Towards EMR

Balancing need for Electronic record with need for Narrative

Written by Bob Bryan

Many healthcare providers have transitioned to an Electronic Medical Record (EMR). Others are evaluating systems. All will eventually need to adopt some sort of electronic record to comply with Federal initiatives.

All agree the advantages of an electronic record outweigh the pain of change. Savings in cost to deliver healthcare, ability to analyze data and ease of sharing information are just a few of the advantages of an electronic record, however EMRs have drawbacks as well.

A major topic of discussion and point of controversy in many of these systems are poorly designed documentation capabilities. While the provider’s attested diagnosis and treatment is the basis for reimbursement, most EMRs offer awkward tools for including this critical part of the record.

Today’s EMRs require the provider to interact directly in the documentation process. Many require a physician or other provider to introduce documentation of the encounter into the record. Point and click, templating and voice recognition are common strategies. While in many cases these methods provide some advantages to a provider keyboarding information, these systems can limit the choices offered to the provider and in some cases actually introduce inaccuracies into the record. Some systems restrict or eliminate narrative altogether. Other systems incorporate voice recognition technology for entering narrative into the record. Voice recognition technology is improving; however it requires extensive training by the user, not the best use of a provider’s time. An untrained voice recognition system introduces many errors.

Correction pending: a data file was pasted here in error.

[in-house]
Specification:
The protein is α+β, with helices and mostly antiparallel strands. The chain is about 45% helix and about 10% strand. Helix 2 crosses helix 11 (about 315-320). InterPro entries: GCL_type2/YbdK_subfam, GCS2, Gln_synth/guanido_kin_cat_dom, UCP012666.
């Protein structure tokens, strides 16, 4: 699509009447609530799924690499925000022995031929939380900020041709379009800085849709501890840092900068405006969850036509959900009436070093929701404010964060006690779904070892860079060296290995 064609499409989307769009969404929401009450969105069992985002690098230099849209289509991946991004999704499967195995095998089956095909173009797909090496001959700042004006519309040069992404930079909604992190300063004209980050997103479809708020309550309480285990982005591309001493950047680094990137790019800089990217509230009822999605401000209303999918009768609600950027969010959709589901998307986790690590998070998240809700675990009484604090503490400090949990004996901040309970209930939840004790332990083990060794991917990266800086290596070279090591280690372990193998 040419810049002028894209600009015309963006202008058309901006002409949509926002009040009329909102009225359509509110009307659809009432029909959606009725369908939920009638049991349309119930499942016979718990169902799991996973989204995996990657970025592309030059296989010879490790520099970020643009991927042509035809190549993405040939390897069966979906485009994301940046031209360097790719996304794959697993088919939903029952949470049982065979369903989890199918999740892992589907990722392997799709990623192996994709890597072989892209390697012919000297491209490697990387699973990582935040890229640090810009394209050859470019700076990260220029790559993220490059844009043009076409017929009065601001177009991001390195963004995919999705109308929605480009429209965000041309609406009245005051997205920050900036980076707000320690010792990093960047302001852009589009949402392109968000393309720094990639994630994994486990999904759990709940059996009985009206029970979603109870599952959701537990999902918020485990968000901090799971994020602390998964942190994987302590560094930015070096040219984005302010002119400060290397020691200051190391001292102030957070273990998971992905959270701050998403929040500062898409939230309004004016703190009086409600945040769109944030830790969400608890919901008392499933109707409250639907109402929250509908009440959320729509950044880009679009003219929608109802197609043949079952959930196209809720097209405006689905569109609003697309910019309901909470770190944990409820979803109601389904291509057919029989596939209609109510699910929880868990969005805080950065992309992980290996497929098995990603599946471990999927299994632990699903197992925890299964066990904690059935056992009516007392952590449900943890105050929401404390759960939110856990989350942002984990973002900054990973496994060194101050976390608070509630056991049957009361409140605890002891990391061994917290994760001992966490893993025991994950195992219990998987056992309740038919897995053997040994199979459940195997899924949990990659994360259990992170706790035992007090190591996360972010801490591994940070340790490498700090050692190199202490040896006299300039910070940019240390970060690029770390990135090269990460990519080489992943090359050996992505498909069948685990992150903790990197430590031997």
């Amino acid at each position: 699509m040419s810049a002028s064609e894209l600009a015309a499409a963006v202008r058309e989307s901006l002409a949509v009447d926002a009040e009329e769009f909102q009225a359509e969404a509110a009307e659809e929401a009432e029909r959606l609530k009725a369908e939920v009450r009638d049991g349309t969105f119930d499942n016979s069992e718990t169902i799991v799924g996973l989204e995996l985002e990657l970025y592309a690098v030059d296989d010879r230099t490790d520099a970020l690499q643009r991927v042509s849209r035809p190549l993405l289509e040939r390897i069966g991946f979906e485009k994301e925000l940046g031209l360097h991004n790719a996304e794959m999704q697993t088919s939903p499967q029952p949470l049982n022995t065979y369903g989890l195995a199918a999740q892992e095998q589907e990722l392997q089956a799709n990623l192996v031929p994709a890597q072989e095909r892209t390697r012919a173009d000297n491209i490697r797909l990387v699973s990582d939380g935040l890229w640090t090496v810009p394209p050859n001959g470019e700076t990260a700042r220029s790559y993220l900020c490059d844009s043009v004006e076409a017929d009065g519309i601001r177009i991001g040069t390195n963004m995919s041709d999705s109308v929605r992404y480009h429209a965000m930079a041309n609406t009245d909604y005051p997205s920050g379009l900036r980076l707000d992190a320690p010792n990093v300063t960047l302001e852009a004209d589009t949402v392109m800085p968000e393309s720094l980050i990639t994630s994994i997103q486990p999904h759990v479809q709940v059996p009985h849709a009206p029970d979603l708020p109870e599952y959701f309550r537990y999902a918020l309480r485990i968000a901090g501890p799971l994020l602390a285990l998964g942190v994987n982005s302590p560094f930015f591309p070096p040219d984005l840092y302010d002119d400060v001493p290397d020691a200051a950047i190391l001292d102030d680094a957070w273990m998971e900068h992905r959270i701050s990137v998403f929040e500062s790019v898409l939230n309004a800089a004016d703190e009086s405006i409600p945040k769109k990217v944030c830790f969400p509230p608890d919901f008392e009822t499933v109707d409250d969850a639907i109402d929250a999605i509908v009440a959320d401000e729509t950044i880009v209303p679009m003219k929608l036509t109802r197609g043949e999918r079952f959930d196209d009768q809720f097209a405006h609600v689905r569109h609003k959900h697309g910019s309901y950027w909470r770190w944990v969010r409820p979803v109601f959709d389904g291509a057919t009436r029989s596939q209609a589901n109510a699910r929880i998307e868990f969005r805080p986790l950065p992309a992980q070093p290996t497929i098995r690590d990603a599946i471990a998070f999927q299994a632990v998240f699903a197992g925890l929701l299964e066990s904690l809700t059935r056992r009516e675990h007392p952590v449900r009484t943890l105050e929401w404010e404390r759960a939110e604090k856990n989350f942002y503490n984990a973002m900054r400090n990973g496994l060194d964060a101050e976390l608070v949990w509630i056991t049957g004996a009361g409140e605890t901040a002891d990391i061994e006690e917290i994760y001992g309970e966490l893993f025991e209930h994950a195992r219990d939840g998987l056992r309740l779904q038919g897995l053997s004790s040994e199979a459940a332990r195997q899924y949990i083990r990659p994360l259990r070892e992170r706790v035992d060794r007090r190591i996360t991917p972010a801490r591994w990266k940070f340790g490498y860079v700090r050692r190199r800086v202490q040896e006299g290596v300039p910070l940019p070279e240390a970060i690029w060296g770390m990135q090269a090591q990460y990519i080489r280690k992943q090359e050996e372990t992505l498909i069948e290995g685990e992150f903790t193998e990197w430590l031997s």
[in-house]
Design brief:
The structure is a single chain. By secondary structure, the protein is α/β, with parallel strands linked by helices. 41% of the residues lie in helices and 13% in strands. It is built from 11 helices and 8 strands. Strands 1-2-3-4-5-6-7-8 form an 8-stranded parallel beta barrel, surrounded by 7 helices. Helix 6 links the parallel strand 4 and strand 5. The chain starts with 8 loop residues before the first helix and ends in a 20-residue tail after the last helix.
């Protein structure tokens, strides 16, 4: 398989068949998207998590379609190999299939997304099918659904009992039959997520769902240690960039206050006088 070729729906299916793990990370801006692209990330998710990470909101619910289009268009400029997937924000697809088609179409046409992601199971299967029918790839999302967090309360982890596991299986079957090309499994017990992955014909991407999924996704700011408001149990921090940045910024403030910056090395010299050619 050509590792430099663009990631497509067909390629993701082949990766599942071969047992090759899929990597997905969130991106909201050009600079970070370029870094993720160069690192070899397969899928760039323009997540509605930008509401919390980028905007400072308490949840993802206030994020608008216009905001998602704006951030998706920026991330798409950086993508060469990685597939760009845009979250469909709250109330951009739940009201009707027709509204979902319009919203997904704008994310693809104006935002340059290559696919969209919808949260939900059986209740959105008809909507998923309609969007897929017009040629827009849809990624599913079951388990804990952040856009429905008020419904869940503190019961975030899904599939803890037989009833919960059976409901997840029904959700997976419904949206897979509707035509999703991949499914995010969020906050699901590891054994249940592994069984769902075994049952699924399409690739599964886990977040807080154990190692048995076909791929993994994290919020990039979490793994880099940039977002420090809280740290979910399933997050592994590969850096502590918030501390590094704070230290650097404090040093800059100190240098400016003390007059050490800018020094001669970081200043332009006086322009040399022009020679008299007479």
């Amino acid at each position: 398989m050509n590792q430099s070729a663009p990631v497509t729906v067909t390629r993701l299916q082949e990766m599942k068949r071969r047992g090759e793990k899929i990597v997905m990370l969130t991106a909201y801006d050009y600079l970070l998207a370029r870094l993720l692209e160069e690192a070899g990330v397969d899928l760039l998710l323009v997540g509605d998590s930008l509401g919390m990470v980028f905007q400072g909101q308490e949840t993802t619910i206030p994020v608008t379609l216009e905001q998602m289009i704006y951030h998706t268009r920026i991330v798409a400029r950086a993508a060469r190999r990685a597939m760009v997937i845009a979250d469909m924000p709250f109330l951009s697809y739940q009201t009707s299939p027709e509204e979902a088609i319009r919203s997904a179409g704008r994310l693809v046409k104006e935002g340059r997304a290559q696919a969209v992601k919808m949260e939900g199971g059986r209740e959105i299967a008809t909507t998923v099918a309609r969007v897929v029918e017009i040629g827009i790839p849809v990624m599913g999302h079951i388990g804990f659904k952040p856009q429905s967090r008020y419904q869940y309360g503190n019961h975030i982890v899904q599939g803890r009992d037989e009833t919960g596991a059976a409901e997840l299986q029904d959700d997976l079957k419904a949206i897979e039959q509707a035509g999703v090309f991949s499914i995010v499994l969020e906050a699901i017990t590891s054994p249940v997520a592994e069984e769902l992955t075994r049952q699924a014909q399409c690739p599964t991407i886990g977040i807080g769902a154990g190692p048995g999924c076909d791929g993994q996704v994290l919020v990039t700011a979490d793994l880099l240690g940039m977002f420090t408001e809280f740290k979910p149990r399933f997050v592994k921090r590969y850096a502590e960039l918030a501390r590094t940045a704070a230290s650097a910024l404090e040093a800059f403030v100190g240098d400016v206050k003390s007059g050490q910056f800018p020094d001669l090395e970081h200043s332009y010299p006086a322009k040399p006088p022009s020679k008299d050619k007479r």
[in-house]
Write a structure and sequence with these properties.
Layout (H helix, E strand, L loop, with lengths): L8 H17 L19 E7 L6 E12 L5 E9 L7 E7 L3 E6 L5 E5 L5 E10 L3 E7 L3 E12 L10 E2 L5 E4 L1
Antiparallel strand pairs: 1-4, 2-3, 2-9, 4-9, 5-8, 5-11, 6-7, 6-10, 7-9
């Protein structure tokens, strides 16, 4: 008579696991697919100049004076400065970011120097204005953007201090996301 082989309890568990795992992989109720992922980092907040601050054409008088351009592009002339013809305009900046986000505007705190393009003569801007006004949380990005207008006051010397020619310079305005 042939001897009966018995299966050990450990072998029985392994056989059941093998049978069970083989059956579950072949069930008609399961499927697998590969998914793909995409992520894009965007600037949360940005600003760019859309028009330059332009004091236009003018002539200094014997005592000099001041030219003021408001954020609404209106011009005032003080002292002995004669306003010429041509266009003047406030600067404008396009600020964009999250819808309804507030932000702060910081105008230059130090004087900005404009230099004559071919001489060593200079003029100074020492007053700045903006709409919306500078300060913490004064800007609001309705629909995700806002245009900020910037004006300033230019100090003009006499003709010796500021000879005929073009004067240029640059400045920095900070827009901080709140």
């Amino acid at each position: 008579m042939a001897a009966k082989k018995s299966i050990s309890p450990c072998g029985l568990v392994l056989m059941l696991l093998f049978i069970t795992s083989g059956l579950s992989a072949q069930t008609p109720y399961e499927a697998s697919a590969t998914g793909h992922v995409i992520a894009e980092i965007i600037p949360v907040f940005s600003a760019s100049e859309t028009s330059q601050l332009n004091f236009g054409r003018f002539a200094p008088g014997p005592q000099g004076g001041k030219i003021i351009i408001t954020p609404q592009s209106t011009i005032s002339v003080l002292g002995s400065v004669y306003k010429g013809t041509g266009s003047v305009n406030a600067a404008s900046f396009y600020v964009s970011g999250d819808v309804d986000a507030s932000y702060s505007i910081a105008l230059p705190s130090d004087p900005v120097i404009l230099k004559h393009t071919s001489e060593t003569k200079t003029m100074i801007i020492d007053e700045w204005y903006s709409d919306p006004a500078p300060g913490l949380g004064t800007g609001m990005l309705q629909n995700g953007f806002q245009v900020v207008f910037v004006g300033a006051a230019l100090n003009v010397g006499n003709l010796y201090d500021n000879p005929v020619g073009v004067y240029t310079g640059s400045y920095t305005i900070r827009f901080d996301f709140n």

A recent industry study found that documentation created by providers contains up to 5 times the errors as does documentation created through traditional dictation/transcription.

What is the solution?

Many current dictation/transcription platforms interface with EMR systems. These systems offer the provider the choice of dictation/transcription, delivering the transcribed documentation into the EMR. The provider can review and approve the encounter in the EMR. This system leverages all of the advantages of the EMR such as the availability of patient history and eliminating re-dictation of medical history, current meds and physical exam.

MedEDocs is among a number of dictation/transcription system providers that currently offer this technology. Providers prefer dictation over point and click or voice recognition. It is far quicker, allowing them to spend more time with the patient and less time in documentation. This marriage of technologies with dictation transcribed by a medical language specialists should prove to be both cost effective and a convenient way for more providers to transition to an EMR.

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